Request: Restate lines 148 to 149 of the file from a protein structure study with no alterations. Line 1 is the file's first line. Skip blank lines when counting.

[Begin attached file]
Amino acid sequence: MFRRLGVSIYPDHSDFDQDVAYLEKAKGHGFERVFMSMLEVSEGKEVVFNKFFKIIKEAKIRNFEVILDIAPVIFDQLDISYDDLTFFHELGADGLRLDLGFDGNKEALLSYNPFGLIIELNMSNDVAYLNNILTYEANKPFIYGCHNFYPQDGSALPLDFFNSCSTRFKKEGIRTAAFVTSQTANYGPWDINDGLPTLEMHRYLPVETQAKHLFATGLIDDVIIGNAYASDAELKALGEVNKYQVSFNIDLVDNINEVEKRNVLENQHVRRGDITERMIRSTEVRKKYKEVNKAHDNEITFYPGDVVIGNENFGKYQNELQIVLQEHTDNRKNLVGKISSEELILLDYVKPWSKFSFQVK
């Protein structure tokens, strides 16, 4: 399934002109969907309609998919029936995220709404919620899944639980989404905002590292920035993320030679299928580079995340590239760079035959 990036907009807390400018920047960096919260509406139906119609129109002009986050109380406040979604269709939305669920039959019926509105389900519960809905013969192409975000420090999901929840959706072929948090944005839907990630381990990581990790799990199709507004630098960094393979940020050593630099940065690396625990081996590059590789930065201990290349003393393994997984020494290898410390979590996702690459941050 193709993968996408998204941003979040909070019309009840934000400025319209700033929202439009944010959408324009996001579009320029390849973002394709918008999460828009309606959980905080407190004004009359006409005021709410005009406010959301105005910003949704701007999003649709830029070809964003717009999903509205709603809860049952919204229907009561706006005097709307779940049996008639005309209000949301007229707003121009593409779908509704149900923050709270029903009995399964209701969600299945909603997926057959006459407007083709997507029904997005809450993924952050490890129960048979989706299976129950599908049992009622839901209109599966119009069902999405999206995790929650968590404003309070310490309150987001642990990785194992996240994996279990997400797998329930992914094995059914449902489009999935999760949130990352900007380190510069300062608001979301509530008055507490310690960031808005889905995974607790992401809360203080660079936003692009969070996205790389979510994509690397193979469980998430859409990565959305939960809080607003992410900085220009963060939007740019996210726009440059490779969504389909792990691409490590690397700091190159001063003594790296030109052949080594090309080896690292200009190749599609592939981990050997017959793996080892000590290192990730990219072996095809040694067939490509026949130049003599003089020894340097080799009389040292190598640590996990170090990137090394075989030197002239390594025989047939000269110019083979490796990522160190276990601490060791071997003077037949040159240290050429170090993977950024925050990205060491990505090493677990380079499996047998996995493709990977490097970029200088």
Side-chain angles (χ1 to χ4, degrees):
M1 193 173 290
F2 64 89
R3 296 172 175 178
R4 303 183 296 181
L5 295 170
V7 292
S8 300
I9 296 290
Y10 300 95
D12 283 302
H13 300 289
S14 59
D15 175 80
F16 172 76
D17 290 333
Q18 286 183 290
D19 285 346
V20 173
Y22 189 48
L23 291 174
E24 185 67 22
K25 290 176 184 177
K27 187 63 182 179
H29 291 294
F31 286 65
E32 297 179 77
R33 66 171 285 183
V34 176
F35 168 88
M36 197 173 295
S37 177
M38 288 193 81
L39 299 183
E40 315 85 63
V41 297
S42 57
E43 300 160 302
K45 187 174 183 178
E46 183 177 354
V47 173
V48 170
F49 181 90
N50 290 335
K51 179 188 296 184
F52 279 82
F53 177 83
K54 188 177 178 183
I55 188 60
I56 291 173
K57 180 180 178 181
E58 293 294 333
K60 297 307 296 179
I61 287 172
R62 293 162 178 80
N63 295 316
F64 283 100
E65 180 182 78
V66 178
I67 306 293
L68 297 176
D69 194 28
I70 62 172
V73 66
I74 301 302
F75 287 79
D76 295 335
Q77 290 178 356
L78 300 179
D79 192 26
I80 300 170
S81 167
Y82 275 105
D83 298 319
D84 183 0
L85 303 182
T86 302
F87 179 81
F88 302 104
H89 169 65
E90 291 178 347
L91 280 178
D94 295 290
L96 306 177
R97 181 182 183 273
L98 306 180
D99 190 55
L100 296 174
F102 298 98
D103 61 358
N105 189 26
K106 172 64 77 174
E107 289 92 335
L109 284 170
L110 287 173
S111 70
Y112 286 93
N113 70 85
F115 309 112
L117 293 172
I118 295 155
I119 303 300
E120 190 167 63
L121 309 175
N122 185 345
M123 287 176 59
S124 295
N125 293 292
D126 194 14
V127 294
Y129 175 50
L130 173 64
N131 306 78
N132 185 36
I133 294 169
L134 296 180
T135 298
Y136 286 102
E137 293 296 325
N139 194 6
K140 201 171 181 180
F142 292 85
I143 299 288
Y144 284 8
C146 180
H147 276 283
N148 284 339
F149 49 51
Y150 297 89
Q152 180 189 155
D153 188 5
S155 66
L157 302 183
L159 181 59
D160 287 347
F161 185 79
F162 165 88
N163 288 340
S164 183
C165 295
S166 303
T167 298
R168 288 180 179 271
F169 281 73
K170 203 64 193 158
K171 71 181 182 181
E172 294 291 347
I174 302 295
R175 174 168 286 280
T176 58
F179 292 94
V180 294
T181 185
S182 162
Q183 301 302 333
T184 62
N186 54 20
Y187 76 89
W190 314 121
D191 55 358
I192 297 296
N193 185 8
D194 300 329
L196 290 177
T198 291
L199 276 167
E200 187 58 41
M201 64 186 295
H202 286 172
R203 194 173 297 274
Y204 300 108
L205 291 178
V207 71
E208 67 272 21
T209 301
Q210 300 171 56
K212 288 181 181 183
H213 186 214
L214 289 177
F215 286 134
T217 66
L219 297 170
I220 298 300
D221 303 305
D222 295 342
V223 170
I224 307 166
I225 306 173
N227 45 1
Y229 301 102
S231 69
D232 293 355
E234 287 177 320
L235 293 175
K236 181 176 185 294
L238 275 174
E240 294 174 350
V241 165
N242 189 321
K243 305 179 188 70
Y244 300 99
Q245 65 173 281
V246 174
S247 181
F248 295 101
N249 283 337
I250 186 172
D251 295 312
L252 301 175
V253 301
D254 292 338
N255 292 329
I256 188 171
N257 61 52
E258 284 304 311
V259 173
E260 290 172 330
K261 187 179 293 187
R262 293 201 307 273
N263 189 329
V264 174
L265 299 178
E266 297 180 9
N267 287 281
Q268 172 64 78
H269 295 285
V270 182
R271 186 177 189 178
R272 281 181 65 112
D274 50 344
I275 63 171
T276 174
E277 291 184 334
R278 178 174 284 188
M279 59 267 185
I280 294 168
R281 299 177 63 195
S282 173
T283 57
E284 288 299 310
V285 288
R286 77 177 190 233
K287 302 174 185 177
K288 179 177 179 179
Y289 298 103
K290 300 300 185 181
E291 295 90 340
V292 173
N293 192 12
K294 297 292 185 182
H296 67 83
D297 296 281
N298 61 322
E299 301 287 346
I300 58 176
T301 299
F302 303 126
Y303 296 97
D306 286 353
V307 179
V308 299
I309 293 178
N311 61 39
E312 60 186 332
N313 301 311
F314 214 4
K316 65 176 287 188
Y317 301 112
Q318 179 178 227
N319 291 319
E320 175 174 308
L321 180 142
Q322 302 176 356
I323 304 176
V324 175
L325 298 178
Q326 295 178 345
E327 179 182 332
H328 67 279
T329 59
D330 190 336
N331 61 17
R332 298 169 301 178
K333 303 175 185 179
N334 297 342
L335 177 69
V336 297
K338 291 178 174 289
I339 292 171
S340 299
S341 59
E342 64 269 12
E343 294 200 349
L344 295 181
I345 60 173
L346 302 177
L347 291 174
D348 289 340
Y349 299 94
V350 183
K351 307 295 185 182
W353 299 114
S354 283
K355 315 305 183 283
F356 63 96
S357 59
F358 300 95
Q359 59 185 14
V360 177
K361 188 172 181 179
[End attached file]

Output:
K171 71 181 182 181
E172 294 291 347